Ben clutched the bottle of Sarah’s damson jam and made his way along the path.
“It’s no good your slouching around the place like this,” Sarah had said, her apron stained purple. “Take one of these along to the big house and ask Cook if you can give it to Jenny, as a present from me.”
Ben had been desperate to see Jenny again, and he looked into Sarah’s eyes like a grateful puppy. He owed his life to Sarah and Joe -particularly Sarah, who had concocted the plan of his living with the Callows. She was always buffering any problems between him and her husband, and he’d never in his life eaten such wonderful food.
“Go quickly while Joe’s in the wash house. I’ll keep some supper hot for you.”
Now Ben hurried along beside the high stone wall. The garden door was standing open, and it seemed to beckon to him. He stepped inside.
Before him, a patchwork of bright flowers and vegetables spread out like a perfectly designed quilt. Along the south side, arched branches of fruit trees fanned against the stone wall, a collection of cold frames lining the east side. Rising up like a cathedral overlooking it all, a glasshouse glittered in the last of the day’s sunlight.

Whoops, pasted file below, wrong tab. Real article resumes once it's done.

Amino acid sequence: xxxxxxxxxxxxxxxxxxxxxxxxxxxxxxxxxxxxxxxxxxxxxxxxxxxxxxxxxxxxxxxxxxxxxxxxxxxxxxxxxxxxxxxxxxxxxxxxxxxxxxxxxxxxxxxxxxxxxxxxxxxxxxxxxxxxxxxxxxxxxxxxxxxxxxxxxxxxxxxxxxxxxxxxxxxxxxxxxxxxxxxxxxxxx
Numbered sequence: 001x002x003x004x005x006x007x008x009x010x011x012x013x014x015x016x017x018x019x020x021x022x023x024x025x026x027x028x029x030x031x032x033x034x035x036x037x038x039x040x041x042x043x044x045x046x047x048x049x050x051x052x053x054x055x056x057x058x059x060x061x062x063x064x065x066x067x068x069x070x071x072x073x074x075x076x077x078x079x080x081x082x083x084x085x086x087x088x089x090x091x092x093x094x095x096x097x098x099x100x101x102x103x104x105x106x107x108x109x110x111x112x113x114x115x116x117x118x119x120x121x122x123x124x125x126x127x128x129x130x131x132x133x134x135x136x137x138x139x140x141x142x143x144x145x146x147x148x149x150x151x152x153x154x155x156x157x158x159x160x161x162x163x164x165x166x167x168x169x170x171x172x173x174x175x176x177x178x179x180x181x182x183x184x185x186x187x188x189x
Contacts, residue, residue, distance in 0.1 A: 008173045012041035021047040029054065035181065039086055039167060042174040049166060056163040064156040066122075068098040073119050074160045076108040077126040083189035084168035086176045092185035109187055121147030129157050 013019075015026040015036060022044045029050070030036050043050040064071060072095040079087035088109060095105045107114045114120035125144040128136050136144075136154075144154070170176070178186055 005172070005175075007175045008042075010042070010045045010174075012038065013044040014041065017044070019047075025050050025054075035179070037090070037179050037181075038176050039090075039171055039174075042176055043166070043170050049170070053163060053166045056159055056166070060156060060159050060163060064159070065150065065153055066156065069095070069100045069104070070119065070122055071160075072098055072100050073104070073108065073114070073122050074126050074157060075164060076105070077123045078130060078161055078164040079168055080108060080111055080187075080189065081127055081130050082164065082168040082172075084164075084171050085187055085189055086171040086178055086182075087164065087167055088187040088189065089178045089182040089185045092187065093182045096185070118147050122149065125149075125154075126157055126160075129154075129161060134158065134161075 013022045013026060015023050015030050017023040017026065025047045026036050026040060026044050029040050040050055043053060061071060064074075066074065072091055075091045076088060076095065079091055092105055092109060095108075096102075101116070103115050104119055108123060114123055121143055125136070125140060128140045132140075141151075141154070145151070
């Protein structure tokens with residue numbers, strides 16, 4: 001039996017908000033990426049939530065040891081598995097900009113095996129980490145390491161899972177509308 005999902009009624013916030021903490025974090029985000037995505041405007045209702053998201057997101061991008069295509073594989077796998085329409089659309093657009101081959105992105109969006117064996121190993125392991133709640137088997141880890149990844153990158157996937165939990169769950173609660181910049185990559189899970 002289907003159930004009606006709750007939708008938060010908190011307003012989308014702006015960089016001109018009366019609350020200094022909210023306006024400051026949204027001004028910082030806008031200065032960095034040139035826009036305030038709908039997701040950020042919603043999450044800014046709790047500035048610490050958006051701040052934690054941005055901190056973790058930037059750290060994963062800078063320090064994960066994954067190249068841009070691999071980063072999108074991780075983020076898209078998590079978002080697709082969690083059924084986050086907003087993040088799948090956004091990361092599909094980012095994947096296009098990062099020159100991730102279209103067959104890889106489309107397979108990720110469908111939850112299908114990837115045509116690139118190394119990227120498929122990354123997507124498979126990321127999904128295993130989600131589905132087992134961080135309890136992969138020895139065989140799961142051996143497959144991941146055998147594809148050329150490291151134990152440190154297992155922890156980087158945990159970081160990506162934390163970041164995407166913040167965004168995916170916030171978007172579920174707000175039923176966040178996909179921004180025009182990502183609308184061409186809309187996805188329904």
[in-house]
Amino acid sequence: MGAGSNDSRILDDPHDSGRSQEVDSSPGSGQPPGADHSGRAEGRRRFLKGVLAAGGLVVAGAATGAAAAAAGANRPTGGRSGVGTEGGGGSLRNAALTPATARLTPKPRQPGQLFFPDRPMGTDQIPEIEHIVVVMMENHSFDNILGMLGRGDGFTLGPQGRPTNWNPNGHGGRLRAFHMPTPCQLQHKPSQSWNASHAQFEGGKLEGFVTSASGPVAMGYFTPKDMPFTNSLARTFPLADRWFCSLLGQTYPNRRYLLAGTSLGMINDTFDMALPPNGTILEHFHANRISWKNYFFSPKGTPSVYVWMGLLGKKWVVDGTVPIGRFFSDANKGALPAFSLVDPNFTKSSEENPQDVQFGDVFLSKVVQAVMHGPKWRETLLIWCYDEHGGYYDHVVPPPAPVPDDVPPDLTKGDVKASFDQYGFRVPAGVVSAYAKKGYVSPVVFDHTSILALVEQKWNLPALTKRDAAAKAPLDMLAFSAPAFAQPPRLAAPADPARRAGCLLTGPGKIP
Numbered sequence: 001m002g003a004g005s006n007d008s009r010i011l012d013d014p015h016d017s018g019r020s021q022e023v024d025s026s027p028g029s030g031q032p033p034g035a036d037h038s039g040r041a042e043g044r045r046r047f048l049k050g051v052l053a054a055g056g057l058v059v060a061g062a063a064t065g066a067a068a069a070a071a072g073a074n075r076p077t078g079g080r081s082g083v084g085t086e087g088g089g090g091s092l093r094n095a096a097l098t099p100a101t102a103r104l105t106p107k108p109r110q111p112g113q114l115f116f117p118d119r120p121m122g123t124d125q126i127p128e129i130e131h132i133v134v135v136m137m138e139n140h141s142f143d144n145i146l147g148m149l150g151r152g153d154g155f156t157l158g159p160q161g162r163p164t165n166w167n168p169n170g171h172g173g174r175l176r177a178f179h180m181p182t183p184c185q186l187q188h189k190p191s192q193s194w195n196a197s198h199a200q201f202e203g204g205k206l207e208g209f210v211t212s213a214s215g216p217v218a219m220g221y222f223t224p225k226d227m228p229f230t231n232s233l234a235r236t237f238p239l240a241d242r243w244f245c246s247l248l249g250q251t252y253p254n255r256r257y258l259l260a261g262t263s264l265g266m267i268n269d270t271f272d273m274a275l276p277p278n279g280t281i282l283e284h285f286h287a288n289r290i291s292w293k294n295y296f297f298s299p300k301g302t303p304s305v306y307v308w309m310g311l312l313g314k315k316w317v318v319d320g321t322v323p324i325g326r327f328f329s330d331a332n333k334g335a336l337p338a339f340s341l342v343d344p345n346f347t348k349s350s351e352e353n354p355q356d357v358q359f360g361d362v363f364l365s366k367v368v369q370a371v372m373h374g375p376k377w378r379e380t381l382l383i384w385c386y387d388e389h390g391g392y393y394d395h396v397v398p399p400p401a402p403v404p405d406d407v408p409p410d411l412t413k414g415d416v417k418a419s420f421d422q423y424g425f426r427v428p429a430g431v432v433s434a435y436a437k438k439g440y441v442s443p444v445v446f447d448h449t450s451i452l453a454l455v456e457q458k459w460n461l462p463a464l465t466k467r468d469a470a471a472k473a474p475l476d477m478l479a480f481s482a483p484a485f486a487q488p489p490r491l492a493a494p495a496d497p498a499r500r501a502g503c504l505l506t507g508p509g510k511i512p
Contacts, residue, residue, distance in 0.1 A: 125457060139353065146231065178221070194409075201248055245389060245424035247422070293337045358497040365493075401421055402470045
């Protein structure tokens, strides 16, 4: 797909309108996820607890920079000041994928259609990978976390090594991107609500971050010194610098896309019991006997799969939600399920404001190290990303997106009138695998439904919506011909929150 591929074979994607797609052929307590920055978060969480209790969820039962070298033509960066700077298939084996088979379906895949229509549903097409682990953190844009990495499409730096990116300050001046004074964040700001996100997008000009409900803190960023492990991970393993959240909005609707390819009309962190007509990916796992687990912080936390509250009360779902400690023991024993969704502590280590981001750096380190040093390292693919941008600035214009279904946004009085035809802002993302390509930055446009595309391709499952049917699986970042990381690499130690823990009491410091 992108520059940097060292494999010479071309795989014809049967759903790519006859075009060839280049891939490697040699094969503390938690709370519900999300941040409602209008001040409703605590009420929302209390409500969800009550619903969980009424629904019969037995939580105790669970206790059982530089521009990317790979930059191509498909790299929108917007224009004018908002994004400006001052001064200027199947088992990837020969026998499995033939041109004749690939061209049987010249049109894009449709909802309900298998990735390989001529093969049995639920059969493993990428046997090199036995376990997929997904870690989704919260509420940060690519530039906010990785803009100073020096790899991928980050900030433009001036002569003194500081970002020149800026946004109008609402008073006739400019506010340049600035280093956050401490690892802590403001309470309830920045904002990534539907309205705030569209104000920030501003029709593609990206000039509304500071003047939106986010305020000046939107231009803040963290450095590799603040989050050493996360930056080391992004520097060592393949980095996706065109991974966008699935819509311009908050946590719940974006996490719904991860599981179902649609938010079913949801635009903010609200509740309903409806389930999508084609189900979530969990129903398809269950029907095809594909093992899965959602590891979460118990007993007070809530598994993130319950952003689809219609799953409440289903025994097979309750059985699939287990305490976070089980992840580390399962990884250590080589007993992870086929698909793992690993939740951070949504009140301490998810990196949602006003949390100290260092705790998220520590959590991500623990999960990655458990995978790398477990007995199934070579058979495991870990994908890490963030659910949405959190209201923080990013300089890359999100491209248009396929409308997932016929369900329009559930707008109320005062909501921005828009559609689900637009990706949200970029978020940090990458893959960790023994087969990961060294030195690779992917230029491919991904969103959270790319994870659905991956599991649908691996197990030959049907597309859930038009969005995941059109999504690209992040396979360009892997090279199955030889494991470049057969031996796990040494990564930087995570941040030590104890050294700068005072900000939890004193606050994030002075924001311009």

Ben breathed in the sweet scents, so different from the fields. After the squalor of the city, working in the fresh air with Joe had felt miraculous. But this was another world altogether. He gazed at the abundant beds where flowers and vegetables grew in perfect harmony, and it enveloped him in a peace so complete he felt weightless.
He stooped to touch the petals of a chrysanthemum. When he was a little boy, his mother had brought home a flower in a pot. She’d let Ben water it, and he remembered loving the job and watching the buds blossoming. He and Mum had stood together, her face close to his as they marvelled at the splash of colour in the dismal room.
Then his father had smashed it to the floor in one of his drunken rages . . .
“You, there! What do you think you’re doing!” An angry voice behind him made Ben leap up, whirling round to meet the craggy face of Mr Mott.
“I’m not doing anything,” Ben stammered.
The gardener stared, his glare softening.
“Tommy . . . !” he whispered. His hands began to tremble but he squared his shoulders. “This is private property, boy. What do you want?”
“I’m here to deliver something.” Ben stopped as his eye caught a shaft of sun on the glasshouse. Branches dripping with blossom reached to the roof and he felt his throat catch with the wonder of it.
“To the big house? You’d best get on, then,” Mr Mott said.
Ben tore his gaze from the glasshouse and stumbled as he turned toward the garden door. The bottle slipped from his hand, fell on to the soft earth and rolled toward Mr Mott, who stooped to pick it up.